The Man from UNCLE

1-1 The Vulcan Affair

blog review uncle uncle

I'm rewatching every episode of the Man from UNCLE series from start to finish. These reviews contain spoilers.

The first episode of the Man from UNCLE is a solid story with one major missed opportunity. This episode could have been the ideal series opener, but as it is, it's a good episode but a puzzling début.

To be fair, old TV didn't see itself as a story being told in serial. Once they started producing shows, they got played in essentially random order. This is why the original Star Trek, for example, featured Charlie X and Where no man has gone before back to back, with nearly identical storylines and with the latter clearly having been shot earlier than any other episode.

From what I understand, The Vulcan Affair was edited down from the pilot episode, so potentially it was a better spy story before it aired. I'd be interested in seeing the unedited version, but this post is about the episode as it was aired.

The story

This episode is about an ordinary housewife named Elaine, played excellently by guest star Patricia Crowley, who gets mixed up in a special mission to thwart a political assassination. She joins agent Napoleon Solo on his mission, quickly finding herself in over her head as she assumes a secret identity to help UNCLE hunt down an evil THRUSH agent.

The THRUSH agent being hunted is Andrew Vulcan, who Elaine used to date in college. He's now a wealthy industrialist and a hobbyist assassin. Unexpectedly, she finds old and — as she's happily married in real life — unwanted emotions stirred up as she pretends to be rekindling an old romance. Worse still, she finds herself doubting that charming Andy could actually be an evil mastermind at all.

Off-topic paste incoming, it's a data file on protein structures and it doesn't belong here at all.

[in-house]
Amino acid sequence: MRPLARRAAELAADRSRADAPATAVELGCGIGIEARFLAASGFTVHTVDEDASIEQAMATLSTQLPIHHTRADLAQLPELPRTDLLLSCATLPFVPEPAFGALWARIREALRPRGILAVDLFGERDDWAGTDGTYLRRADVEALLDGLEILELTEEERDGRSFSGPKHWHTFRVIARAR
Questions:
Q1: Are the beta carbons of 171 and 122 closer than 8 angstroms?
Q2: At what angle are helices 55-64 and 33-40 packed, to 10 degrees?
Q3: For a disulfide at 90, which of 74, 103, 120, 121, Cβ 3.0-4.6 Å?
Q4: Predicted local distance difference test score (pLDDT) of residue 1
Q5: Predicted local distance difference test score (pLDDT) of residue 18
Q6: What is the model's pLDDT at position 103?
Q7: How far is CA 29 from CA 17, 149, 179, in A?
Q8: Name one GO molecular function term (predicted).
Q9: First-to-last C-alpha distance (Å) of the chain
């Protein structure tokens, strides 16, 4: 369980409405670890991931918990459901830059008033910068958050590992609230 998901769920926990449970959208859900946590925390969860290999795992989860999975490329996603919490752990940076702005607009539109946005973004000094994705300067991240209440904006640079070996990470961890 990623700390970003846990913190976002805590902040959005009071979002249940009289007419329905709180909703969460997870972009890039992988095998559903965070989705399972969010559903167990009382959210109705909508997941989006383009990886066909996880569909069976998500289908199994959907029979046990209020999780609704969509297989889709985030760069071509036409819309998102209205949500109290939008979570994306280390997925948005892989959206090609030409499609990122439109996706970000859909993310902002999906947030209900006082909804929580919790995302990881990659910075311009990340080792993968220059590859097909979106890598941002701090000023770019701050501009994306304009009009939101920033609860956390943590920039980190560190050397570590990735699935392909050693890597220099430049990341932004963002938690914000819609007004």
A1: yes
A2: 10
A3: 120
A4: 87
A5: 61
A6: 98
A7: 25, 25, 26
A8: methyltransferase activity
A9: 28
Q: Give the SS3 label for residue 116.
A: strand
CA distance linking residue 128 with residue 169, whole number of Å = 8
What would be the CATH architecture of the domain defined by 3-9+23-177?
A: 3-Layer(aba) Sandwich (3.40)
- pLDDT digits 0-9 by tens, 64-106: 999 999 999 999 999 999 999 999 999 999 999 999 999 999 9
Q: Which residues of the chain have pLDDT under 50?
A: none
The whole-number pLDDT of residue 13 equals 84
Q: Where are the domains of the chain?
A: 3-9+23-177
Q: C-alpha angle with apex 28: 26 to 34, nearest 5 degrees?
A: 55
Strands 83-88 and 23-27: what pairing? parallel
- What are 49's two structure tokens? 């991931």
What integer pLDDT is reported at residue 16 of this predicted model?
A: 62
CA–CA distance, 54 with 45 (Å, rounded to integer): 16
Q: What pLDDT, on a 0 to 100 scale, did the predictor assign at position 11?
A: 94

Solo persists, though, and eventually it becomes clear that he's right about Andrew Vulcan, and together they're able to stop the assassination.

I love the tone this episode sets. The fish-out-of-water story of Elaine is a perfect entry point for the viewer into this strange new world of espionage. What would you do if a secret agent showed up at your house on a Monday morning and told you that you had to rush off with him to save the world?

Privileged information

The problem is, the viewer knows too much for that tone to become fully realised. The episode opens with THRUSH invading the UNCLE headquarters, meaning that our introduction to UNCLE is their super secret hideout getting invaded by their biggest enemy. An odd choice, but worse still it tips Solo's hand: he definitely is a secret agent, and he definitely is fighting for the free world.

Elaine, the viewer's proxy in this world, decidedly does not know this. In fact, there's an amazing scene half way through where she tells Solo that she doesn't believe he's correct about Andrew Vulcan. She refuses to believe that her old college boyfriend is an evil political assassin. Imagine such a scene without knowing, as the viewer, that Solo is legitimately the good guy. It would be a divisive moment. You wouldn't really know whether to trust Solo, or Vulcan, or whether Elaine's been caught in a meaningless political turf war.

Story optimization

The episode would have been far more powerful had we opened on the busy Monday morning of Elaine, loving housewife to her husband, champion mother to her two kids. She's just one of millions of ordinary middle-class citizens. She's happy, but her life is routine and yet somehow chaotic.